8. You do not have to know what you want: You probably won’t, at least for a little while. Some people come out of the gate thinking they know exactly what they want sexually, but most of us are unsure. You may have watched some porn, such as on GayTies.com, but you don’t know how it translates to your life, or to the people you’re attracted to. Don’t worry. No one knows what they want in the beginning. You’ll base your desires off what you experience.
9. Heads up: There’s a lot of terminology coming your way. Ask what words mean: You will be thrown a lot of terminology, especially if you look for sex with men on hookup apps like Grindr. Words like top, bottom, versatile, bare, raw, party, safe, poz, neg, cum, daddy, dom, sub, boy, otter, bear, pig. The list goes on and on. If you don’t know what something means, ask.
10. Just to get you started, here are a few definitions: A “top” is the active partner (the inserter) in anal sex or the inserter in oral sex. A “bottom” is the receptive partner. These roles define what you’re physically doing in sex — nothing more.
A bottom isn’t “the girl.” Bottoms don’t have to be smaller, submissive, or feminine. A top isn’t “the man,” and doesn't have to be masculine or dominant. These sex roles don’t define how you behave, how you dress, or how you date, and they have no bearing whatsoever on your worth or your attractiveness. They just define what you’re doing in sex. That’s it.
You don’t have to exclusively enjoy one or the other. In fact, many people are “versatile,” meaning they enjoy both topping and bottoming in the right scenario or with the right partner. And, people change.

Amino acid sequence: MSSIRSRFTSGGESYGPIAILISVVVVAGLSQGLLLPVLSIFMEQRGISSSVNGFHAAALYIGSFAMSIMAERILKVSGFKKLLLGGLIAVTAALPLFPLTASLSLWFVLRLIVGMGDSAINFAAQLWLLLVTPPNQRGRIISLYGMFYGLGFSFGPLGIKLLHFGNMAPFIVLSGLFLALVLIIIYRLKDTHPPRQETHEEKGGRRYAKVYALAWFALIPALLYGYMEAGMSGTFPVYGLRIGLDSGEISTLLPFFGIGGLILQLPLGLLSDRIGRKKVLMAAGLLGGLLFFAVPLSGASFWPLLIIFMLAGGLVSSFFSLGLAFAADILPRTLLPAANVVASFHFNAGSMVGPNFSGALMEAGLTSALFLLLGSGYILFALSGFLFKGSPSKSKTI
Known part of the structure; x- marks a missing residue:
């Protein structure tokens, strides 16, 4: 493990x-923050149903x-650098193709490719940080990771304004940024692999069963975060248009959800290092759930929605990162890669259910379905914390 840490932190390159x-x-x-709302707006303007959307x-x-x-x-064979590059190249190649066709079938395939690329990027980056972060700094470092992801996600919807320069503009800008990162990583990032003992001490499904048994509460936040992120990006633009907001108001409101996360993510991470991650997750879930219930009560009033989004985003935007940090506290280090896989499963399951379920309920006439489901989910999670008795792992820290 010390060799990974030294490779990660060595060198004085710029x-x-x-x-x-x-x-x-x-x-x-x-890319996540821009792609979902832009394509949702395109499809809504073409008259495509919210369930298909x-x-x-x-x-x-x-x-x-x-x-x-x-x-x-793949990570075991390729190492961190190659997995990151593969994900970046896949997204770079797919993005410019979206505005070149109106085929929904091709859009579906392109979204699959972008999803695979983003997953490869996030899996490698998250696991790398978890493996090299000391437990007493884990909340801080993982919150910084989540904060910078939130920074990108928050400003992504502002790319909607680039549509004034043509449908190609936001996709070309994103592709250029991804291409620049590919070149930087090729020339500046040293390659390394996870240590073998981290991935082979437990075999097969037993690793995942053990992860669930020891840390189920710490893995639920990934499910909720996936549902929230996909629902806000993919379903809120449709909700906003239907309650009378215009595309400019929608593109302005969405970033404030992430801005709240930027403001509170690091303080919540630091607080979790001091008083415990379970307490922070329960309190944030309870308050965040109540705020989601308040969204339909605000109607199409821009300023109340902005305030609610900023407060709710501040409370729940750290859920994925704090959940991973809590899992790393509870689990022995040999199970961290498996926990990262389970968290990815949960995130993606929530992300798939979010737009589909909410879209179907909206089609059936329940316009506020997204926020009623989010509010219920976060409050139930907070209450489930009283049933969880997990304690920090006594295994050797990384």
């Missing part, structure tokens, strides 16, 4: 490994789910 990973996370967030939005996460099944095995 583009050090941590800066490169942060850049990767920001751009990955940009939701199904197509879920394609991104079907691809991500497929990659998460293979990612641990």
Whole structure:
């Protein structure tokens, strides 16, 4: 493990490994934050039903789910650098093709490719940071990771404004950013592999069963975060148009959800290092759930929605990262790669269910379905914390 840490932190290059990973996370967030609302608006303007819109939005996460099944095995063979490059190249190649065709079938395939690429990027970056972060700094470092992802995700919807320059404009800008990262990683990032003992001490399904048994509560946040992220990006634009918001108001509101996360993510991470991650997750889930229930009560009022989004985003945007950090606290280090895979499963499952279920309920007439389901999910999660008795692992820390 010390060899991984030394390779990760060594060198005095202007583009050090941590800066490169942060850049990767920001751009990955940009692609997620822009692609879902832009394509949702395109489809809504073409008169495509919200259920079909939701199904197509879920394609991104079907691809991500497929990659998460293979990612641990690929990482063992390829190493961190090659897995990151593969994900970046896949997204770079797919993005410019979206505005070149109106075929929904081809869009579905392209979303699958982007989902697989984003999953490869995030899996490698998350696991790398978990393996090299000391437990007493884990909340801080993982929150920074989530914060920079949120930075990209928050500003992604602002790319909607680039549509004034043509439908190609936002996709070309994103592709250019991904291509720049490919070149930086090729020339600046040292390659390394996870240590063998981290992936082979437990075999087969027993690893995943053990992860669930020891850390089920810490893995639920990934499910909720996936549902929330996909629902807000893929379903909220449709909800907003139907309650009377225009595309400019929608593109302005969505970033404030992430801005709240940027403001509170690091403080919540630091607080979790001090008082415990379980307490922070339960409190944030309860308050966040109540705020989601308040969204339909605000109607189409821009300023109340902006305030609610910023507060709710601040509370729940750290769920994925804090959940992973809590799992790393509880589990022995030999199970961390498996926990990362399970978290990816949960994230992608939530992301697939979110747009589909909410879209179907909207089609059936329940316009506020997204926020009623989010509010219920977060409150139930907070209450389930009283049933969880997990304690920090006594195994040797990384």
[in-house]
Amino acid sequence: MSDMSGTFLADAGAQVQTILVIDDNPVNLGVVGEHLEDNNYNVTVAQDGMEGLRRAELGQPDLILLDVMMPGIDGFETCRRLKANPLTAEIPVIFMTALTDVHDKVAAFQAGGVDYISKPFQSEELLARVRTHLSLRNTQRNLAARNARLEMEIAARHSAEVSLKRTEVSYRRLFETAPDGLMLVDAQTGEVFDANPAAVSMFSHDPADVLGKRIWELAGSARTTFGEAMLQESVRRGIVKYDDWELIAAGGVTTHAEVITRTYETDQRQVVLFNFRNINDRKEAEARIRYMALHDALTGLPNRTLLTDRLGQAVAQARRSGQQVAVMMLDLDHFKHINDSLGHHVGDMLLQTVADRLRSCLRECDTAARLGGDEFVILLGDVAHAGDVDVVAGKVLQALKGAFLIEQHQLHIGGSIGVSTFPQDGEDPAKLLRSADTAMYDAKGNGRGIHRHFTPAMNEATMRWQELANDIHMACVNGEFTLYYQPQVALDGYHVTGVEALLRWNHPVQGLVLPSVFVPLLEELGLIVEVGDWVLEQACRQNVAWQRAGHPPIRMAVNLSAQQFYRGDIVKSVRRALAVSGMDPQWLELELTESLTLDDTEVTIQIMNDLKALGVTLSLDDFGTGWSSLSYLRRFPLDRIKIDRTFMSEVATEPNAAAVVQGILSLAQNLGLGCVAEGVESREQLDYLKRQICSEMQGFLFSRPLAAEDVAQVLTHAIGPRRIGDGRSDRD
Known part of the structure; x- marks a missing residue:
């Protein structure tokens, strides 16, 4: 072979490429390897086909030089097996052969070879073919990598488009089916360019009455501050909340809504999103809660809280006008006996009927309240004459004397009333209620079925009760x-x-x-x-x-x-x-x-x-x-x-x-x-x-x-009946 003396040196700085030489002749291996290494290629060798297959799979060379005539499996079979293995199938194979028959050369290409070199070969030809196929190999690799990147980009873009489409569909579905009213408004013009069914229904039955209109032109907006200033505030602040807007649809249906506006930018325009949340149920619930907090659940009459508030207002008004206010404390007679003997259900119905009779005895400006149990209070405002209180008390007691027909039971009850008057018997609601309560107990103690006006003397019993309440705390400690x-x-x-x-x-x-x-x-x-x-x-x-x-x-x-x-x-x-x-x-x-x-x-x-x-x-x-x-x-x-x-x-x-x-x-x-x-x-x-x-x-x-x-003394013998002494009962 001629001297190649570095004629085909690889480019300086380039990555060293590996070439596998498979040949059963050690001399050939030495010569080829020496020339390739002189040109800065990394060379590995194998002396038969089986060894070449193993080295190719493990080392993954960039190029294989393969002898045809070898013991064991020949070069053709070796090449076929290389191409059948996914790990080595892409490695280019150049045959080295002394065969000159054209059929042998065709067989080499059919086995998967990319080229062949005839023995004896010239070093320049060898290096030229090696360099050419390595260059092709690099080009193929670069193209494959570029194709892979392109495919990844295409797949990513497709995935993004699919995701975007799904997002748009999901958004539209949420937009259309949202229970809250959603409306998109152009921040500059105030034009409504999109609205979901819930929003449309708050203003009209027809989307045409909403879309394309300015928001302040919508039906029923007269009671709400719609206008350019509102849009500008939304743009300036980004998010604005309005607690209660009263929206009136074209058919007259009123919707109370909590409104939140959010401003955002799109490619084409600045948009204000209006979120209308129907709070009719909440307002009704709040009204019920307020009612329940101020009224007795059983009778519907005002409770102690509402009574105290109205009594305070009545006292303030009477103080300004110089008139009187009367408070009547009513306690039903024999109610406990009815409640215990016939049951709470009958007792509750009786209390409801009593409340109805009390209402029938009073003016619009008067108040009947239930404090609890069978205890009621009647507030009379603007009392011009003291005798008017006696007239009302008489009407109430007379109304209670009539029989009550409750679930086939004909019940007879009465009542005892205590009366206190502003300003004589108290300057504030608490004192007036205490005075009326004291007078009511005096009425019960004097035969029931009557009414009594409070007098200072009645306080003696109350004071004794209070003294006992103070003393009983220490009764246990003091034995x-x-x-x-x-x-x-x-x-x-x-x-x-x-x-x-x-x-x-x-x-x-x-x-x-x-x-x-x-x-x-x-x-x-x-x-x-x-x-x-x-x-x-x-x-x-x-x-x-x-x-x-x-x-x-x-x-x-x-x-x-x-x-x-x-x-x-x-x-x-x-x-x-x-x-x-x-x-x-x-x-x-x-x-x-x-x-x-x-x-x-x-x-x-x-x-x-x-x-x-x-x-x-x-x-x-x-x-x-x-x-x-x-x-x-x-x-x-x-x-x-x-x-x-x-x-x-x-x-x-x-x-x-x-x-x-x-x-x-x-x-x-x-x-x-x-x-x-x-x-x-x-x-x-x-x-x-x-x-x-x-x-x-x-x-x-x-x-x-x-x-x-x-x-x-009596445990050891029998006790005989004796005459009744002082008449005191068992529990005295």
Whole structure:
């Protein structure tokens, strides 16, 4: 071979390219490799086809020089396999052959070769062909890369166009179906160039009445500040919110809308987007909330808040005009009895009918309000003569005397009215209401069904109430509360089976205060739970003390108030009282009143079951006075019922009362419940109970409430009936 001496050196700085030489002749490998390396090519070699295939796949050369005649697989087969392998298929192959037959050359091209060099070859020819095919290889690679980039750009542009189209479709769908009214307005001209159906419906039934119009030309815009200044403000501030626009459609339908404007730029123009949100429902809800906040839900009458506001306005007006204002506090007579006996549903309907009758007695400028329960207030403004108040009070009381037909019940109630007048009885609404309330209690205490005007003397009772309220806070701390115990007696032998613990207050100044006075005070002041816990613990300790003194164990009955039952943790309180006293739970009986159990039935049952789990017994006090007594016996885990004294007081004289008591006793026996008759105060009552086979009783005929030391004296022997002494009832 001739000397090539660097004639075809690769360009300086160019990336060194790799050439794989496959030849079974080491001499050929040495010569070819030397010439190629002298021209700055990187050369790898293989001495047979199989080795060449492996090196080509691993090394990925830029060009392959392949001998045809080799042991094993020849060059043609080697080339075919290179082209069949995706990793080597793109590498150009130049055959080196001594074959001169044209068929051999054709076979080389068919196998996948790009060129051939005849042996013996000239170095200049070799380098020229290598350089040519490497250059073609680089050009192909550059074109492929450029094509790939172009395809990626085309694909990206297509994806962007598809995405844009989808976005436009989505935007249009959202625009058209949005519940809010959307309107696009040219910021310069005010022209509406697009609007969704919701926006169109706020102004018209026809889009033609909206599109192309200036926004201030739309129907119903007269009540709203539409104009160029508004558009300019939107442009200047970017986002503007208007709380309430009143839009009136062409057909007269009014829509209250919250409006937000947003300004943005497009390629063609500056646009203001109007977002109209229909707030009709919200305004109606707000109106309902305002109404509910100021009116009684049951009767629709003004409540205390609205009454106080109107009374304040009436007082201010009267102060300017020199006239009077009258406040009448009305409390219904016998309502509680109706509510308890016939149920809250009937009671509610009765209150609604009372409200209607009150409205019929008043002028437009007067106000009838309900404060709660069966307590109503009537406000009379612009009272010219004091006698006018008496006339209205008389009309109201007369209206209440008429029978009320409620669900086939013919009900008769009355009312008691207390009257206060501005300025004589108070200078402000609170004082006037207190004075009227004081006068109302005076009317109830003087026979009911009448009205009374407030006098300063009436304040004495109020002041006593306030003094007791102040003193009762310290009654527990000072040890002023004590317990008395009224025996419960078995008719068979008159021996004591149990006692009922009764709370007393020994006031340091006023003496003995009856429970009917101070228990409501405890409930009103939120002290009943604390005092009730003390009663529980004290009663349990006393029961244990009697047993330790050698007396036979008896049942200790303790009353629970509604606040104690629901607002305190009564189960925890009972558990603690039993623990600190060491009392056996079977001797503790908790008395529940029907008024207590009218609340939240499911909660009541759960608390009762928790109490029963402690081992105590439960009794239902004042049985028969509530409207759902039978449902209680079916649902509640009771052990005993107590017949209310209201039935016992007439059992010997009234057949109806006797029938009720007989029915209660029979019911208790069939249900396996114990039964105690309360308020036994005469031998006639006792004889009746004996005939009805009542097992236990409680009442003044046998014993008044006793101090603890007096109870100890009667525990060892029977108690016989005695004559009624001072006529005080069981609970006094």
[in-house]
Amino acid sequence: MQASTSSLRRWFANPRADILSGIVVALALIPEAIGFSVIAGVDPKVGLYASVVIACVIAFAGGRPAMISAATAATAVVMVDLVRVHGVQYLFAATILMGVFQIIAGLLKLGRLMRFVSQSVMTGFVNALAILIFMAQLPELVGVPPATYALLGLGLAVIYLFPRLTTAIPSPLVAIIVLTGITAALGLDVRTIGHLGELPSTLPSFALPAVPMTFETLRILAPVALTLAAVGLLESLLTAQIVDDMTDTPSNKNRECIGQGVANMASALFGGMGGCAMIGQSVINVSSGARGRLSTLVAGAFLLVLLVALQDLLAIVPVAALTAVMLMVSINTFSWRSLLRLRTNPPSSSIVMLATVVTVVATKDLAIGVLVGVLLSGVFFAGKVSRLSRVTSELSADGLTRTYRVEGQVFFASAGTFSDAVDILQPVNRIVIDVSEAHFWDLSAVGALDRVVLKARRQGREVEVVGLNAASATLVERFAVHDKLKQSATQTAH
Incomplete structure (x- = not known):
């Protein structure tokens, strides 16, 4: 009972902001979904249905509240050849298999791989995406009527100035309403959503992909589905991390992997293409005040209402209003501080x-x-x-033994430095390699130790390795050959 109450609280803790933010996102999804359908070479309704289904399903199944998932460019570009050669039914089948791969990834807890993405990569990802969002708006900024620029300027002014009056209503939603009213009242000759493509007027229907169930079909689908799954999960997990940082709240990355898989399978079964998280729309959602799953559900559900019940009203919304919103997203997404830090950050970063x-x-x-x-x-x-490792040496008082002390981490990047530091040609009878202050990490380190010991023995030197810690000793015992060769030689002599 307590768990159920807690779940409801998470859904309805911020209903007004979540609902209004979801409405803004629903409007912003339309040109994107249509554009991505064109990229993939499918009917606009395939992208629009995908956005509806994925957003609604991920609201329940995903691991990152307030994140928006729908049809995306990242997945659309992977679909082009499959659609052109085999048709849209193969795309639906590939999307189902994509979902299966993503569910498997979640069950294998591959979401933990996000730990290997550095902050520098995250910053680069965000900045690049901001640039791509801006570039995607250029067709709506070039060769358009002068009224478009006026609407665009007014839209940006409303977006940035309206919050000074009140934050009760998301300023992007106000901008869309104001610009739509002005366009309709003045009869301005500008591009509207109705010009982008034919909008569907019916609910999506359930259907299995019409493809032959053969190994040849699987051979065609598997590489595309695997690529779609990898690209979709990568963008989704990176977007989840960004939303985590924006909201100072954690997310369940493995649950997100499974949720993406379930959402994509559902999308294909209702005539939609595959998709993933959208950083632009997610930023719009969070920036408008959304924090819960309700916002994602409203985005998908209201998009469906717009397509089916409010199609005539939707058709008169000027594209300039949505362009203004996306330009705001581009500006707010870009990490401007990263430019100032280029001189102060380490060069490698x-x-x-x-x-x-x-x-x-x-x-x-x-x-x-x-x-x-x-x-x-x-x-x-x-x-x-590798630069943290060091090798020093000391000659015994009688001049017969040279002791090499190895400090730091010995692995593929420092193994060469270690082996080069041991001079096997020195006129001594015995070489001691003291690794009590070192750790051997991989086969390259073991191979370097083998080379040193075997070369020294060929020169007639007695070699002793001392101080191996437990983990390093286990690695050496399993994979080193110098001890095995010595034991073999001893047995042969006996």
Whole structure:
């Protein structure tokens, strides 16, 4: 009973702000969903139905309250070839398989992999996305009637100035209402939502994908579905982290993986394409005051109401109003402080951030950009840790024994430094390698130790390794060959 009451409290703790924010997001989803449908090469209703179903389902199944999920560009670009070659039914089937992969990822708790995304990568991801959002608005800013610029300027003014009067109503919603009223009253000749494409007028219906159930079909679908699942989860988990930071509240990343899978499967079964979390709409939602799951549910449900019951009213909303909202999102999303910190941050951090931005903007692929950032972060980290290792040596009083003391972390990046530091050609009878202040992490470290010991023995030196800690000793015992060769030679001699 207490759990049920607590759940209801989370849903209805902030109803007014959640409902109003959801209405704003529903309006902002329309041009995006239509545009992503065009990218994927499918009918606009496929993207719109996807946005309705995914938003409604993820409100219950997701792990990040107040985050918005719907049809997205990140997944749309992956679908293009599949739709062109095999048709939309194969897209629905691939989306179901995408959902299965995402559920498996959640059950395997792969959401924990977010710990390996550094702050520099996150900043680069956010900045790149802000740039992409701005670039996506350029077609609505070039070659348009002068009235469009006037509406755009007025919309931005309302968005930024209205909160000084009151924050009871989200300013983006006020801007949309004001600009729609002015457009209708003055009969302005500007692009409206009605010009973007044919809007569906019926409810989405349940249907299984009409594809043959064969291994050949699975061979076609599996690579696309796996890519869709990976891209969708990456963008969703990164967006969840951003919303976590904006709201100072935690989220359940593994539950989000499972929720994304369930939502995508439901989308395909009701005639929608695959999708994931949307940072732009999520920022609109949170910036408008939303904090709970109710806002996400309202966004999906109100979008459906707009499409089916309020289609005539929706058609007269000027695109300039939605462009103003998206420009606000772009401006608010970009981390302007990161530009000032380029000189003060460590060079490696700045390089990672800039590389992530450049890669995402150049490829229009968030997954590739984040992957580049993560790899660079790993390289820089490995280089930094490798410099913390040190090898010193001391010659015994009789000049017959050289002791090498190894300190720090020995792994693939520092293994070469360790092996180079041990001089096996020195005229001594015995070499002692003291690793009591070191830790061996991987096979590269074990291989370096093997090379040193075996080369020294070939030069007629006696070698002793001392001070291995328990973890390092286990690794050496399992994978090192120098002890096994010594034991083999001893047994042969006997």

11. You’re going to make mistakes: You’ll trust the wrong people and have less-than-awesome encounters. You’ll probably develop unreciprocated feelings for someone and get your heart broken. You’ll meet people you thought were great, who turn out not to be great. This is what you’re supposed to be doing right now. You make these mistakes now, learn from them, and are better prepared going forward.
12. Don’t make decisions about sex from one or two bad experiences. Many guys decide bottoming just “isn’t for them” after a couple failed attempts. And many people have messy first-time attempts and decide sex “just isn’t for them.” Don’t jump to conclusions about yourself or about sex from one or two experiences. Your first attempts will not be perfect, and they’re not meant to be. Keep trying.
13. Bottoming might hurt: Anal penetration might hurt the first time you try it. Your ass has to expand to accommodate a penis, and this stretching can hurt. If you go too fast or don’t use enough lube, you can injure yourself. Going slow and gentle, using plenty of lube, communicating, and taking frequent breaks is how you get better at it.